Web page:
Editor's note: The following is the second in a series of articles about the problems the city of Kenai faces as the bluff overlooking the Kenai River erodes at a pace of 3 feet per year.
The erosion of the Kenai bluff is a process that began before the city was established 200 years ago and will continue for generations to come.
The city would like to install a sea wall along a one-mile portion of the bluff between Pacific Star Seafoods on Bridge Access Road and the mouth of the river below Eric Hansen Scout Park to stop the process of erosion in that area. If it does, that area may be saved from eventually falling into the river. But the miles of bluff beyond the river will continue to erode as they have for years, due to the makeup of the bluff and the environmental conditions it is under.
The Kenai bluff is 55- to 70-feet high and consists of sand and a layer of hard silt and clay about halfway up the face of the bluff. Several factors combine to erode the bank in different ways.
Wind mainly affects the upper portion of the bluff and is not the most significant contributor to erosion. Gusts of wind from Cook Inlet hit the face of the bluff and blow sand away. A fine cloud of sand can be seen swirling off the top of the bluff in windy conditions.
Water erosion also mainly affects the upper portion of the bluff. Rainwater striking the face of the bluff can loosen and wash away material in streams. Rainwater also will gather and run off the top of the bluff, which erodes the edge of the bluff and the face as the streams run down it to the shore. Groundwater seeping out of the bluff will take sand and clay with it as well. Water erosion is more damaging to the bluff than wind.
"Rain, runoff and groundwater coming out of the bluff will cause surface erosion very fast when it runs off the top," said Keith Kornelis, public works manager for the city of Kenai.
An engineering firm hired by the city of Kenai to study bluff erosion along the mouth of the river found the most significant factor contributing to the erosion in that area is wave action against the foot of the bluff. The firm discovered that, while ground and surface water runoff can damage the upper portion of the bluff, far more substantial damage happens at the bottom. Waves crashing into the base, tide-induced currents and the steady seaward current from the river collaborate to pull material off the foot of the bluff and carry it downstream.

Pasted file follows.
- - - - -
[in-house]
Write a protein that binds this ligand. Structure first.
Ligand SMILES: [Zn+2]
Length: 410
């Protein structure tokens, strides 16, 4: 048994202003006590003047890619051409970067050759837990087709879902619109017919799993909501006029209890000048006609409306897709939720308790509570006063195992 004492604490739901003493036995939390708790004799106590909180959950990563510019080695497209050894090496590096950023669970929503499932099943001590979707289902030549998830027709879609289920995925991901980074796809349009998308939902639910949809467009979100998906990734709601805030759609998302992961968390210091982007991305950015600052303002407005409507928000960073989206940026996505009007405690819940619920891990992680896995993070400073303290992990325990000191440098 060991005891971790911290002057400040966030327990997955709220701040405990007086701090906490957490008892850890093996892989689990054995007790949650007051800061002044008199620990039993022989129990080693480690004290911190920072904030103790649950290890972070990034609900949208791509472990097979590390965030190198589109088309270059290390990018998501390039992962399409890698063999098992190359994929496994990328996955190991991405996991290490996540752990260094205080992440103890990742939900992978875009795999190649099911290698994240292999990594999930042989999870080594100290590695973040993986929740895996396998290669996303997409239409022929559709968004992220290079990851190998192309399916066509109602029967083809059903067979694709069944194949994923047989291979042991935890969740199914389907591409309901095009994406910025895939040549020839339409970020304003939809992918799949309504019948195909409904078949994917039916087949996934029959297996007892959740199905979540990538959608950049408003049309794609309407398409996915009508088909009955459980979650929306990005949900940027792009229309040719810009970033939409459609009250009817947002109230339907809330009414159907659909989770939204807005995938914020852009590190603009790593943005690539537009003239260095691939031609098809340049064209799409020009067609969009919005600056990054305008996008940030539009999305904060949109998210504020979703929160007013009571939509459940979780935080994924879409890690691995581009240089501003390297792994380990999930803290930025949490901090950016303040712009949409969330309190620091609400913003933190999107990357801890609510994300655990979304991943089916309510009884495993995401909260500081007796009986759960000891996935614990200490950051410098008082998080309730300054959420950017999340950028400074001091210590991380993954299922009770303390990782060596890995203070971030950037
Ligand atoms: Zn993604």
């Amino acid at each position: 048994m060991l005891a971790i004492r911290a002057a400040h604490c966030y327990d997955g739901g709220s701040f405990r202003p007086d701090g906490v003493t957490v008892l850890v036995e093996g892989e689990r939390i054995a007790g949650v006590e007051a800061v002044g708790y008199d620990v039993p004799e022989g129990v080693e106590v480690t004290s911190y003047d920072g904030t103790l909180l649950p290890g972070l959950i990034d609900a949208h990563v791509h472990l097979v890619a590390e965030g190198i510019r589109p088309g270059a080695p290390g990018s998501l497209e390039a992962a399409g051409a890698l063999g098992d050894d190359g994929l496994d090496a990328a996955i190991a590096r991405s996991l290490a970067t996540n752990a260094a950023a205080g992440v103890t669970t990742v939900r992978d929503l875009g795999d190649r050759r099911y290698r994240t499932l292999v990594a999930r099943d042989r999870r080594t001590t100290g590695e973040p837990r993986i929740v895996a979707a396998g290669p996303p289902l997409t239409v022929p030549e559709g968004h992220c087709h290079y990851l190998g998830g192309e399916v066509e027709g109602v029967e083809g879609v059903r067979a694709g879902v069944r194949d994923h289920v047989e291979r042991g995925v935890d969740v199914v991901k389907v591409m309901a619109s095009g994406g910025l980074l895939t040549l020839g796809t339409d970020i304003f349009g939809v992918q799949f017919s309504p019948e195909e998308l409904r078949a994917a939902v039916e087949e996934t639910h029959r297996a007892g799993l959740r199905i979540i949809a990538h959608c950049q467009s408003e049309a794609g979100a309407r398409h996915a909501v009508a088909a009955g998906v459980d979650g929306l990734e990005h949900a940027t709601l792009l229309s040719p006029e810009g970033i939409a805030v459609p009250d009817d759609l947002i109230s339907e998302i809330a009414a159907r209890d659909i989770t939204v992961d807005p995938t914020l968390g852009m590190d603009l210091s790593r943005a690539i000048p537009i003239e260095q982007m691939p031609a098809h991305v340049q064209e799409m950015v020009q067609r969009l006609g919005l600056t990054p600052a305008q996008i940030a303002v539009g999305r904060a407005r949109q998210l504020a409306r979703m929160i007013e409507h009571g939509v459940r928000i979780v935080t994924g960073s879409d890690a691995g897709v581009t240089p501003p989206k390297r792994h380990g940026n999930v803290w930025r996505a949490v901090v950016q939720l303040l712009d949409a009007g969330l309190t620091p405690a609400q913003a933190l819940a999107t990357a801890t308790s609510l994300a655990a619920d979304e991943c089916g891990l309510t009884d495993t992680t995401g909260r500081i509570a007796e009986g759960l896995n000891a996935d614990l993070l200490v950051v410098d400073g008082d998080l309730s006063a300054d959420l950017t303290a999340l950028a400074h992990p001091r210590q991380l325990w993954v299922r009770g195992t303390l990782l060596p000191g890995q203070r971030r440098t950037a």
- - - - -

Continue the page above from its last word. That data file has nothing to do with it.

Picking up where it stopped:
The waves and currents work together to undercut portions of the bluff. Eventually, the base is undercut to a point where it can't support the sand and clay above it.
"Our biggest problem comes when we have high tides and a storm," Kornelis said. "Waves crashing into the bluff undercut the bluff, and the bluff won't hold so it erodes down. It makes it steeper, then it just sloughs down. (Wind, water and wave erosion) are much more damaging when we have a steep slough."
The wave- and current-induced erosion phenomenon is clearly visible along the Mission Avenue area. That part of the bluff sticks out a bit beyond the neighboring bluff so the waves crash up against it, causing severe erosion, Kornelis said.
Another form of erosion has nothing to do with natural causes. It comes from people climbing up and down the bluff. Every time someone walks or climbs on it, they do damage.
High fall tides combine with a windstorm to drive waves into the bluff below Old Town Kenai in September 1996.
Photo by M. Scott Moon
"Each step on that bluff, a few grains of sand fall off and they're never getting back up there," said Bob Peters, a Kenai resident who has lived on the Kenai bluff for 23 years.
"Every bit that they knock off is something that is never coming back. We can't control the rain washing it away or the wind blowing or the tide, but we can certainly control what we knock off ourselves."
There are several options in controlling bluff erosion. Generally speaking, piling tires, old cars or just about any material in front of the face of the bluff would be one way to slow its erosion. However, the engineering firm hired by the city looked at several options that were more environmentally friendly and aesthetically pleasing when coming up with its design for the sea wall and Kenai coastal trail project.
The key to stabilizing the Kenai River bluff is protecting the base from undercutting. Sheet piling, large metal pilings set in the bluff, is one option. In considering this option, the city decided it was too costly, too difficult to install in areas with steep slopes and not very attractive, Kornelis said. Another option is using armor rock, large boulders placed along the foot of the bluff to protect it from waves and currents.
Armor rock was used in the construction of the Anchorage Coastal Trail. It is the city's preferred choice and the one called for in its sea wall and coastal trail design. Although, as with all the options, there is no 100 percent guarantee it will work.
Along with armor rock, the city would like to decrease the slope of the bank so it's not as steep as it is now. Once the slope is reduced, the city hopes to vegetate the bluff face to help protect it from wind and water erosion. A drainage ditch is planned to be installed between the bluff and the proposed trail to catch the material that erodes away before the vegetation takes hold.
Although there has been argument about what is the most economic and environmentally friendly way to do so, most of the response the city has gotten to its proposed project has been in favor of doing something to protect the Kenai River bluff from erosion.
"They should do something," said Gary Foster, a Kenai resident who has lived on the bluff for 12 years. "This country is practically surrounded by water and people fight back everywhere, all over the U.S., so it's definitely something that needs to be done."
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